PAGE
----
I recently perused the latest edition of Wired. The article, “The Rise and Fall of the Hit”, caught my attention. It was an intelligent digest of how technology has recently mutated our relatively unified cultured (via the industrial revolution) into a niche market—a market more readily designed for organization around shared interests. Technology was decentralizing the culture.
In Neil Postman’s book, Amusing Ourselves To Death, he worried that the television would be the great unifier and sustainer of mass pop culture—a culture driven by the fragmented and disjointed running images of the boob-tube instead of a culture rooted in the coherent and rationale realm of the written word. His concern was that our culture was becoming more insipid and lackadaisical in its thinking processes, being fed instead with inane sound-bytes and drowning in a sea of amusement.
Neil is correct about the sea of amusement. What Neil had not realized (at least through that book) was the coming tribalization of America--a hi-tech tribalism. Technology further facilitated rising multiculturalism and fragmentation. Age-groups dominate the social scene with the Gen Xers emailing over vast distances while their Boomer parents complain about Gen Yers who text-message. Groups geographically isolated now connected through individual and mass media to further their agendas. People no longer are American or Anglican, they are Asian-American or Green-Anglican, creating new categories of differentiation that accelerate the sub-group’s distinctions from the larger community in which it dwells.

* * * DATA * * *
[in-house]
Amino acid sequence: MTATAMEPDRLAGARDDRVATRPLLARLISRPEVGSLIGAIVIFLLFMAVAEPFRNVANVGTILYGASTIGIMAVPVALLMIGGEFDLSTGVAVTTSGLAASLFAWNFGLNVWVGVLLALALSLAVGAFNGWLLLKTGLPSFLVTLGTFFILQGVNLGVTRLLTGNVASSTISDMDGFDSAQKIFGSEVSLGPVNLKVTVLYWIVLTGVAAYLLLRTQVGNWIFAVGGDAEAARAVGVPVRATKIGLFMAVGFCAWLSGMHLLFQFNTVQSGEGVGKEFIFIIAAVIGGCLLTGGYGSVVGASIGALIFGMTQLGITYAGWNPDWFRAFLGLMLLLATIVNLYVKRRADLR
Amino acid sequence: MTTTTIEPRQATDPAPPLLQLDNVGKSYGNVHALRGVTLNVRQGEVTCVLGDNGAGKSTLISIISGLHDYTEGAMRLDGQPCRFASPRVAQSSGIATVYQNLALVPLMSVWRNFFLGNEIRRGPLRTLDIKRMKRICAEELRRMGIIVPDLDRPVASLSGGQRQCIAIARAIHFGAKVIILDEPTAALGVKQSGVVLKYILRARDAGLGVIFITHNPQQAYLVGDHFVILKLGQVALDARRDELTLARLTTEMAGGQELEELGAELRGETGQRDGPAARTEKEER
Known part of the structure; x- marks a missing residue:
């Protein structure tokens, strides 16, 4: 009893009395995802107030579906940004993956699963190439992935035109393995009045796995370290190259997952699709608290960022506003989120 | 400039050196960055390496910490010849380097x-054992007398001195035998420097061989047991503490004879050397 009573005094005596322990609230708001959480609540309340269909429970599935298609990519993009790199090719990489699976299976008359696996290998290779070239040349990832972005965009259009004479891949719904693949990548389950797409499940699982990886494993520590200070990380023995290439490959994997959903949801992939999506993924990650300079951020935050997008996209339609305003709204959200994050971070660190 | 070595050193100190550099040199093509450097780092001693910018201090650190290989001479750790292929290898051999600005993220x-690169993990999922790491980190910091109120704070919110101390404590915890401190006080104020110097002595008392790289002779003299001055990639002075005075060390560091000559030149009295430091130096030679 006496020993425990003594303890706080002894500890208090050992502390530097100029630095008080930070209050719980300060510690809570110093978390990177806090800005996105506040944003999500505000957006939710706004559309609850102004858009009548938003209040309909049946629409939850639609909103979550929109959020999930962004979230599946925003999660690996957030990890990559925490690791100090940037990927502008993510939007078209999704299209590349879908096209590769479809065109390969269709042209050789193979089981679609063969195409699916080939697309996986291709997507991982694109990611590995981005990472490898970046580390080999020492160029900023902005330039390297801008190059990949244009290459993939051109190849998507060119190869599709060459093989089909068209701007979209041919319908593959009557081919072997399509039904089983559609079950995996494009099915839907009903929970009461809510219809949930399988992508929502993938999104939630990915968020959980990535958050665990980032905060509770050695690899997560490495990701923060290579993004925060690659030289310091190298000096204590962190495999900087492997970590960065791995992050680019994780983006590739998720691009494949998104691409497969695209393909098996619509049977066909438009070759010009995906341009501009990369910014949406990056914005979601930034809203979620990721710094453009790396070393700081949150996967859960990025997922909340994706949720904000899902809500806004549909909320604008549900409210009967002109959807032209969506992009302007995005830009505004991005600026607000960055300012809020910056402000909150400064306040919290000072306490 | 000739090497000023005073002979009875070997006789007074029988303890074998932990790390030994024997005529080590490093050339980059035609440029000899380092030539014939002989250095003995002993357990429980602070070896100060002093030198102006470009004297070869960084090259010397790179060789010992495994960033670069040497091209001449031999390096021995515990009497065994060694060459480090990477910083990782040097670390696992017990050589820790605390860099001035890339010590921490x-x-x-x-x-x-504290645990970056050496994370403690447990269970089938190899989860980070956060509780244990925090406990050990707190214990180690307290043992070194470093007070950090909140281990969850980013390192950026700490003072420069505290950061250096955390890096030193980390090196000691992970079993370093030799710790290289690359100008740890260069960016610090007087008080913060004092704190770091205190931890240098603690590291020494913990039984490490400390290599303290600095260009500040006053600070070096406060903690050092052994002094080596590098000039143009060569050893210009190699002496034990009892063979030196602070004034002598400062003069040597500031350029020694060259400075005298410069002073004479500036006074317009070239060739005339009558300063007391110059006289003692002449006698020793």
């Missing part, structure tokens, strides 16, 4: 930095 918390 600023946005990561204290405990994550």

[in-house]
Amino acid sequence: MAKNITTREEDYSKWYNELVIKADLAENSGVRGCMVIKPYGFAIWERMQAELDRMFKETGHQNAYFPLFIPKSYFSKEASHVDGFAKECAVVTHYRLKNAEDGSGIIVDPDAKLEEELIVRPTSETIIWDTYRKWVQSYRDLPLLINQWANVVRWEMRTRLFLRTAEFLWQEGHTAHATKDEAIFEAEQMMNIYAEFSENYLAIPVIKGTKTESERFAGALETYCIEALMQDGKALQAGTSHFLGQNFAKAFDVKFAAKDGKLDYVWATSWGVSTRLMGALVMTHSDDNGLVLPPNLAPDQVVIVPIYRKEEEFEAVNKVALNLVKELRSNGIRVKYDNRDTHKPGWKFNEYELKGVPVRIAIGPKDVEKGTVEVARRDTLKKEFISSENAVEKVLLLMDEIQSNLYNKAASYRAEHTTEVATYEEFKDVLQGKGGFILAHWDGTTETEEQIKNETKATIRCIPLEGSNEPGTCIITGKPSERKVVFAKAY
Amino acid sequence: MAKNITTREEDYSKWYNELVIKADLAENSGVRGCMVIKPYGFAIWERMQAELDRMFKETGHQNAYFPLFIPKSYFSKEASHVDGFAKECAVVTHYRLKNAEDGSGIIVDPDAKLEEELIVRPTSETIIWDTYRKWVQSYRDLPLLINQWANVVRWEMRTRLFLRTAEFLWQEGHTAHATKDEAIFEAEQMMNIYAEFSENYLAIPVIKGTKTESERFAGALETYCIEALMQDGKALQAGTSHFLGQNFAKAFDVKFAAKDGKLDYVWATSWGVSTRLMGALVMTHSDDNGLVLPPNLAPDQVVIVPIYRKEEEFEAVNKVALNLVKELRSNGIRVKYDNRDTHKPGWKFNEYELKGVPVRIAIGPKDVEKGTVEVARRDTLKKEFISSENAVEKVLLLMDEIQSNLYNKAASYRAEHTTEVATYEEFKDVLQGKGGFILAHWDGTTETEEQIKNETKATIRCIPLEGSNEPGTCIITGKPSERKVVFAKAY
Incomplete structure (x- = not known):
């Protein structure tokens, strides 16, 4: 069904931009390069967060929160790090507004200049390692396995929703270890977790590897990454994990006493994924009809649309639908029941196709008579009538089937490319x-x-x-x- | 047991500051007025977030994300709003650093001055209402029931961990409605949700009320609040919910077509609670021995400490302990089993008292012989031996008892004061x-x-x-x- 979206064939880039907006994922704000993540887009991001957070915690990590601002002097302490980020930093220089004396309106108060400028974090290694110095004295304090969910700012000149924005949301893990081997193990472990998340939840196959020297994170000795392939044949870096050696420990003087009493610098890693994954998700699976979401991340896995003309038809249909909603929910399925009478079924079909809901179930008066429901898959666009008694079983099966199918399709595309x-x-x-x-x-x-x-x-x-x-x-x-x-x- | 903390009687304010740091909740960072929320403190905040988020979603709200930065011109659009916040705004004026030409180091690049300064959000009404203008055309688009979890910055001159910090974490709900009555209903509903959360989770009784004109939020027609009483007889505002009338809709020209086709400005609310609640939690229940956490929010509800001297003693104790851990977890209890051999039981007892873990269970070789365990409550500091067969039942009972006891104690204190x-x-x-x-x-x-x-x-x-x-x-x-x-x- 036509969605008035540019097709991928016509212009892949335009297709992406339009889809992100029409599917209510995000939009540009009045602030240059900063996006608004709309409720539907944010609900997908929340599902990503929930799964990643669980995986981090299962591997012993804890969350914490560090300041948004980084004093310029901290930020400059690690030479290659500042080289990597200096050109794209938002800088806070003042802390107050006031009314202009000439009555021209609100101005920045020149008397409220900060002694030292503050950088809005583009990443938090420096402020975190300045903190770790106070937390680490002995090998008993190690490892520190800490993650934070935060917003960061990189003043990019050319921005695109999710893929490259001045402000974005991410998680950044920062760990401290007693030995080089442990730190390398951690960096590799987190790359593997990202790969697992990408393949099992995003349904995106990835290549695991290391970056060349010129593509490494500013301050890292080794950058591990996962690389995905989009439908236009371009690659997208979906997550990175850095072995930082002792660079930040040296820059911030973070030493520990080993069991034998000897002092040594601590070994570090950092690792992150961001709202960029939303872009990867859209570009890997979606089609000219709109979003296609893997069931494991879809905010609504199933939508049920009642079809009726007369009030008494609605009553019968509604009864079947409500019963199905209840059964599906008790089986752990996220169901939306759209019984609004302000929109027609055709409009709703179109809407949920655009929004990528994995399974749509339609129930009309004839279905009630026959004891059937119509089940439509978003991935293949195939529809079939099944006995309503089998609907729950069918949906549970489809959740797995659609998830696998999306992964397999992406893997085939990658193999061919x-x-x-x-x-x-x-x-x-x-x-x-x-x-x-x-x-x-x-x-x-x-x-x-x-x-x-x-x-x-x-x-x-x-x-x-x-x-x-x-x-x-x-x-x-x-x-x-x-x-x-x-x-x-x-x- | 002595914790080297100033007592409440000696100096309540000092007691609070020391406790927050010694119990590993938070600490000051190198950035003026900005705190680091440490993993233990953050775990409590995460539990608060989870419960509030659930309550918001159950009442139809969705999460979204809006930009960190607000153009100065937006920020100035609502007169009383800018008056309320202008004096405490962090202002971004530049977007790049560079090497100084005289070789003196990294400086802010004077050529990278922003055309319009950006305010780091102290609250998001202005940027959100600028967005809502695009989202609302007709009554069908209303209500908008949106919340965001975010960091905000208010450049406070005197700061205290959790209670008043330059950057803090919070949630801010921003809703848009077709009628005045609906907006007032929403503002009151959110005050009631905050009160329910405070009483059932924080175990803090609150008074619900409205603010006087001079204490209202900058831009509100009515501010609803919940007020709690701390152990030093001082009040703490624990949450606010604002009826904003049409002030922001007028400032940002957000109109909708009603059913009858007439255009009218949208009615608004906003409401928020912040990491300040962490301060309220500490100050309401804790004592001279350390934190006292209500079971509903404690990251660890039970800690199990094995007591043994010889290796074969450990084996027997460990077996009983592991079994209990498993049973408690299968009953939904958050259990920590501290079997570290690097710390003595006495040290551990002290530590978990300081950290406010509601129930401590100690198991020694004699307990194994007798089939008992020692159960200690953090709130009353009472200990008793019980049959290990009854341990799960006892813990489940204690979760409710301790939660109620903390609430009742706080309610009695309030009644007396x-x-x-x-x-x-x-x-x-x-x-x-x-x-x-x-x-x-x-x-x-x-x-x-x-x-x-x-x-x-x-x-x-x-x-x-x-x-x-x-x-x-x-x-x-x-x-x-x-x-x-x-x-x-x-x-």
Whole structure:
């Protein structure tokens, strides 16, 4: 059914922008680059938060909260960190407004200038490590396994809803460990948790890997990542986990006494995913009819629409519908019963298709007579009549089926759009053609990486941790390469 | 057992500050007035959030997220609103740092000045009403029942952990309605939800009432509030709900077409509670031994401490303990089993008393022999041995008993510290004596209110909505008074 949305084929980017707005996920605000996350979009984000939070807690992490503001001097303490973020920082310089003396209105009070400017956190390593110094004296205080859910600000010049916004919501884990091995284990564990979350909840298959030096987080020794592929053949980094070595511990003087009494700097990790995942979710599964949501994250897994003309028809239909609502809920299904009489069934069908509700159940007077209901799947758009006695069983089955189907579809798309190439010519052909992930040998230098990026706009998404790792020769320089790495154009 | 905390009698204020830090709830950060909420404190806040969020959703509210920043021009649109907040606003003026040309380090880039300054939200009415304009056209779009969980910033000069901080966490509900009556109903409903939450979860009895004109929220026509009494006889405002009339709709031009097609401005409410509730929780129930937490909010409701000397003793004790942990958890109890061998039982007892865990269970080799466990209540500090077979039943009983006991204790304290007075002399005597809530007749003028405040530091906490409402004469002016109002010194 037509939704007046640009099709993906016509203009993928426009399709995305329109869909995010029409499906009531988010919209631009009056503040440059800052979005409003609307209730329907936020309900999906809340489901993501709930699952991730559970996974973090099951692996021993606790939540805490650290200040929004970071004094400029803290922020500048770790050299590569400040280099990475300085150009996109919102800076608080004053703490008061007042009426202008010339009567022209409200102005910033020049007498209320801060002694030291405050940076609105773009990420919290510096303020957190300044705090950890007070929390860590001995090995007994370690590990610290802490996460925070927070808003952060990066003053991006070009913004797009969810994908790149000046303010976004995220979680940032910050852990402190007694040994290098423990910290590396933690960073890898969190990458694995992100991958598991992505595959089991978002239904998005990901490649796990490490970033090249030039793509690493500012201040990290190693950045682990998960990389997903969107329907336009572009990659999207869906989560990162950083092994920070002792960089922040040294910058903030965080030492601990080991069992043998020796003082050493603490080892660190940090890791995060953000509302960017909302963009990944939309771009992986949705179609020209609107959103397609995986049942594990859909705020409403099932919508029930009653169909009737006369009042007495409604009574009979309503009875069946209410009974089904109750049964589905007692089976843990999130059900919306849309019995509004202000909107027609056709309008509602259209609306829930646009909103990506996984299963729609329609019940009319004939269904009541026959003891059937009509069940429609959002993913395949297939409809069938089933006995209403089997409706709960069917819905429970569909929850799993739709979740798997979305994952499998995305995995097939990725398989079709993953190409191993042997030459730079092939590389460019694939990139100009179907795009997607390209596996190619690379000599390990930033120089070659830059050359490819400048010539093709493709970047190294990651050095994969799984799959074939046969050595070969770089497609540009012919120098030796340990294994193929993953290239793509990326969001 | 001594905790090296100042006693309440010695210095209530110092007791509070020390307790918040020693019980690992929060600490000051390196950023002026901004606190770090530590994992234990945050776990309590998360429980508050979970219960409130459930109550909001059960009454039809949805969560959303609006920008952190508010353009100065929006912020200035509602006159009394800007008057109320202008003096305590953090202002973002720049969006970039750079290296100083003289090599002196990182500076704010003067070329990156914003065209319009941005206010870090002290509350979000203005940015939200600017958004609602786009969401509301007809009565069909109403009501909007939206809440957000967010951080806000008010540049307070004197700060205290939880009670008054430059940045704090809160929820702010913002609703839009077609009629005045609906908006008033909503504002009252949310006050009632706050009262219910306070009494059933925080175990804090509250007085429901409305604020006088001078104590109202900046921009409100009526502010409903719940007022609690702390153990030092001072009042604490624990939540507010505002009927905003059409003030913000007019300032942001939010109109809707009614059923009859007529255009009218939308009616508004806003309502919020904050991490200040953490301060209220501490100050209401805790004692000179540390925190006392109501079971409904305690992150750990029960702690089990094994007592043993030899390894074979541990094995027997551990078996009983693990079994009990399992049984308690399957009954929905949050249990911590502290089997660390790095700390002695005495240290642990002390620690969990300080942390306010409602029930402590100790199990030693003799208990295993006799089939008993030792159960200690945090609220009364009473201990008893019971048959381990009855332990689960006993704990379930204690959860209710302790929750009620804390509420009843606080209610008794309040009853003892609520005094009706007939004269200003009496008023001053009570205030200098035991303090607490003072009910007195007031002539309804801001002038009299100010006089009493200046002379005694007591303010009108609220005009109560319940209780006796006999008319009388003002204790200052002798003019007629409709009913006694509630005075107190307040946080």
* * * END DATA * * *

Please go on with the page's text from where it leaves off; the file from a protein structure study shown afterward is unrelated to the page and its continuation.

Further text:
Another name for this effect is Postmodernism. With no epistemic-center in the system of many contemporary philosophers (otherwise known as post-structuralism), and especially the lack of self-reflective thought in most Americans, balkanization in American ideology and theology was sure to follow. Technology further enhanced such an approach through the individualization of tastes: don’t like what’s on the tube? Watch your own streaming video. Finding the radio to boring? Listen to your MP3 player instead. Is the local church too humdrum? Choose your pastor on cable or online.
Thus, technology has connected people who would have otherwise been separated geographically and economically. We can talk for pennies on the dollar with those we’ve never seen and we can disseminate our views with wider audiences via blogs. Hobby-horses connect world-wide with sympathetic ears; church members follow sly blogged innuendoes instead of their own church leaders; families withdraw from local friends as they connect with those far away; ministers grow distant with their own presbyteries while bonding with outsiders. In short, we begin to fragment and tribalize.
And this modern balkanization has wormed its way into the various God-ordained spheres of life: family, church and state. It has existed in small forms over the centuries (compare Anabaptists & some Fundamentalists) and, through the help of current technology, is in resurgence today—albeit in more subtle forms.
[Next: What it Is]